Wednesday, June 24, 2009

They're Back

I opened the door and there it was, the first fishfly of the season.

We live on a river and just down the road from Lake St. Clair. Every year about this time the fishflies swarm the shorelines of the lake and river. These little creatures are the most interesting, annoying and dangerous things around. They don't bite and only live a very short time (30 minutes to 24 hours). They cling to every available surface, such as windows, doors, cars, car windows, sides of houses, plants, walk ways and people. They fly around lights, especially large lights like street and parking pole lights, as well as commercial lights on store fronts. Then they die and fall to the ground and cover the areas under the lights. This makes the ground greasy and slippery. Many an accident has happened because of these buggers.

The city of New Baltimore (not far from us) has a fishfly festival every year with carnival rides, a parade and even crowns a Miss Fishfly. I remember so many Fourth of July fireworks with fishflies flying and landing everywhere including us. The little ones especially hate them, they are harmless but give you the biggest creepy crawly feeling when that happens. But I admit to having lots of fun picking them up by the wings and setting them squirming on the arms and legs of people who have never been around them before.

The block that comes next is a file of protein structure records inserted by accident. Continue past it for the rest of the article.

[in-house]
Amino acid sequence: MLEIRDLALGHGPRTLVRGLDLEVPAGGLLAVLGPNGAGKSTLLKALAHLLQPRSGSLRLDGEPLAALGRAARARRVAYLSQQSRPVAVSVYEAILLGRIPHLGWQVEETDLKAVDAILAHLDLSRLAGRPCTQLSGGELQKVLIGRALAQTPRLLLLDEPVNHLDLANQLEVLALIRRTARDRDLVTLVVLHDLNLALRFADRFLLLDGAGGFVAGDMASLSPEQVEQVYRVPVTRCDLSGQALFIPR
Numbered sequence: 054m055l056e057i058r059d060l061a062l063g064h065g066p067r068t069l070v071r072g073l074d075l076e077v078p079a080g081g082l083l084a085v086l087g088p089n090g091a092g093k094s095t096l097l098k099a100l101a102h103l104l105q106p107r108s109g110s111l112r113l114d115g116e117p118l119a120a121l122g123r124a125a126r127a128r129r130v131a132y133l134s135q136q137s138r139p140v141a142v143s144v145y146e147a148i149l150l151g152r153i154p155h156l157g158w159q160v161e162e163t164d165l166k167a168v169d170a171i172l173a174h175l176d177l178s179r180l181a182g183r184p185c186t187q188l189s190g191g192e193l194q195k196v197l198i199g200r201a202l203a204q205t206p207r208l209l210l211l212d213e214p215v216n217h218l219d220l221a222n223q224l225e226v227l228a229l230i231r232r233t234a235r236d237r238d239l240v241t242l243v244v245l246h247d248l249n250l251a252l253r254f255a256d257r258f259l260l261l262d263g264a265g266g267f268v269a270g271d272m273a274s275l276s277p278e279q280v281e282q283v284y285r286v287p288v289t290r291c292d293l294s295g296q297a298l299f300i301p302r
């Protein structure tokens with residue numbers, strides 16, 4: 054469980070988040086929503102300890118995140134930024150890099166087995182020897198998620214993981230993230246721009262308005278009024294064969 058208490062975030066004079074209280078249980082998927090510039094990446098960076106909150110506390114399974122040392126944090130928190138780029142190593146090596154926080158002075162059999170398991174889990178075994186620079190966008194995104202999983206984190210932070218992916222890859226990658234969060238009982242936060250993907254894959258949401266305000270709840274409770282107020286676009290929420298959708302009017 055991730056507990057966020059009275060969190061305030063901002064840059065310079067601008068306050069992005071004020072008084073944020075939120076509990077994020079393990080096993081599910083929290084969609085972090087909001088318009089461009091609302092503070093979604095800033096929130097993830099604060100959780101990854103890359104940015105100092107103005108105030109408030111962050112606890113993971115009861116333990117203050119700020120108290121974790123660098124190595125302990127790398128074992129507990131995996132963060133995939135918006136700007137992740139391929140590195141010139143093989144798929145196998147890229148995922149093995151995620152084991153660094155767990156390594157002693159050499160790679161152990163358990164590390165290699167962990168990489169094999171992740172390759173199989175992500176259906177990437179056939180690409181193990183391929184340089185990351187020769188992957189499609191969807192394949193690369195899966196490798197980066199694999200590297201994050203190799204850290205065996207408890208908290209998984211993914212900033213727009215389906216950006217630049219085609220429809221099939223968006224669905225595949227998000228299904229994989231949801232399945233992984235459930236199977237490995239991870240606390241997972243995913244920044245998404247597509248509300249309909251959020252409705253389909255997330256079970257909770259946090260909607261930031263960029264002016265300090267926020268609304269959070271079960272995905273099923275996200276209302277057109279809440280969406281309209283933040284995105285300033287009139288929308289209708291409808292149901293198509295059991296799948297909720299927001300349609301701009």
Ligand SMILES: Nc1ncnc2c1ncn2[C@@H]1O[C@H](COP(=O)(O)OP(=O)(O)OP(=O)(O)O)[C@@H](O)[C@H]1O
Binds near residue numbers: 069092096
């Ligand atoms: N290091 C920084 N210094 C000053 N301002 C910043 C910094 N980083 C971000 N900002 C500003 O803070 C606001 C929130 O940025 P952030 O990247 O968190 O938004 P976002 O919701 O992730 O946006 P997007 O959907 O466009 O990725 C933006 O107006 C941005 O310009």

Ahhh, summer's here and so are the fishflies. The good thing is they are only around for a few weeks.


4 comments:

Dee said...

Good fish food!!! but very annoying. Dee

Pat said...

My daughter lives near Lake Erie and she has a lot around her house too. Thank goodness, its short lived!
I'll be in New Baltimore on July 4, but I won't be celebrating the fish flies!

Letters From Midlife said...

Sounds annoying! lol! We have mosquitoes in droves here because of the rain and heat.

Wanda said...

The small town I live near borders a river...when I was young this happened once but never again since...but it was exactly as you say...really the air was thick with them and then later the ground.